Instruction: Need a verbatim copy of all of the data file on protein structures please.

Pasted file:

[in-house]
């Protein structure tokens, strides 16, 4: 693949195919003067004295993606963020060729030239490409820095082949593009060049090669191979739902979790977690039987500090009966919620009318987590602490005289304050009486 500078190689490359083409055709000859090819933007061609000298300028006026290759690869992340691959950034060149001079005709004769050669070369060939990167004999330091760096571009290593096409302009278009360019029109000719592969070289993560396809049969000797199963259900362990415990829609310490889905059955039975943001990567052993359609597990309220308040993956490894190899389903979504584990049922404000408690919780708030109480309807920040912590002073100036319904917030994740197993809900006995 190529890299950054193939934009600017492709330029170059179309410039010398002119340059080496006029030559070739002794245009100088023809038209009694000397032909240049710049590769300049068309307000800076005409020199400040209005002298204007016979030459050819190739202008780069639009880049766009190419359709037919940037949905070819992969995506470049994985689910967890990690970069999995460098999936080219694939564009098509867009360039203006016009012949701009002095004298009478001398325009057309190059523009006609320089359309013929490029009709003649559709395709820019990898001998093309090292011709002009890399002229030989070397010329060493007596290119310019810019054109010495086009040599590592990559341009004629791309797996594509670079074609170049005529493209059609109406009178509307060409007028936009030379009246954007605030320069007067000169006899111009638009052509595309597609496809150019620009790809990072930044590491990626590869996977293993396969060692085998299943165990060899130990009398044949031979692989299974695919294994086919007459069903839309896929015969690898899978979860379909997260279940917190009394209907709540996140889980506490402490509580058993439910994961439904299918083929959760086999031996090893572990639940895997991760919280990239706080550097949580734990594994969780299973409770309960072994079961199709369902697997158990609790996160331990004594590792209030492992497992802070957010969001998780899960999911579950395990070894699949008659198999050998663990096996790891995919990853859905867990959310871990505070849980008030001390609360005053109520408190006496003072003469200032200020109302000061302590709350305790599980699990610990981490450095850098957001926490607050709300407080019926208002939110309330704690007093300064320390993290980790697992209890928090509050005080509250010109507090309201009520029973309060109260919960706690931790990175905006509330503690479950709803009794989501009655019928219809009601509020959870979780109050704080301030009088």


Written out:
[in-house]
């Protein structure tokens, strides 16, 4: 693949195919003067004295993606963020060729030239490409820095082949593009060049090669191979739902979790977690039987500090009966919620009318987590602490005289304050009486 500078190689490359083409055709000859090819933007061609000298300028006026290759690869992340691959950034060149001079005709004769050669070369060939990167004999330091760096571009290593096409302009278009360019029109000719592969070289993560396809049969000797199963259900362990415990829609310490889905059955039975943001990567052993359609597990309220308040993956490894190899389903979504584990049922404000408690919780708030109480309807920040912590002073100036319904917030994740197993809900006995 190529890299950054193939934009600017492709330029170059179309410039010398002119340059080496006029030559070739002794245009100088023809038209009694000397032909240049710049590769300049068309307000800076005409020199400040209005002298204007016979030459050819190739202008780069639009880049766009190419359709037919940037949905070819992969995506470049994985689910967890990690970069999995460098999936080219694939564009098509867009360039203006016009012949701009002095004298009478001398325009057309190059523009006609320089359309013929490029009709003649559709395709820019990898001998093309090292011709002009890399002229030989070397010329060493007596290119310019810019054109010495086009040599590592990559341009004629791309797996594509670079074609170049005529493209059609109406009178509307060409007028936009030379009246954007605030320069007067000169006899111009638009052509595309597609496809150019620009790809990072930044590491990626590869996977293993396969060692085998299943165990060899130990009398044949031979692989299974695919294994086919007459069903839309896929015969690898899978979860379909997260279940917190009394209907709540996140889980506490402490509580058993439910994961439904299918083929959760086999031996090893572990639940895997991760919280990239706080550097949580734990594994969780299973409770309960072994079961199709369902697997158990609790996160331990004594590792209030492992497992802070957010969001998780899960999911579950395990070894699949008659198999050998663990096996790891995919990853859905867990959310871990505070849980008030001390609360005053109520408190006496003072003469200032200020109302000061302590709350305790599980699990610990981490450095850098957001926490607050709300407080019926208002939110309330704690007093300064320390993290980790697992209890928090509050005080509250010109507090309201009520029973309060109260919960706690931790990175905006509330503690479950709803009794989501009655019928219809009601509020959870979780109050704080301030009088």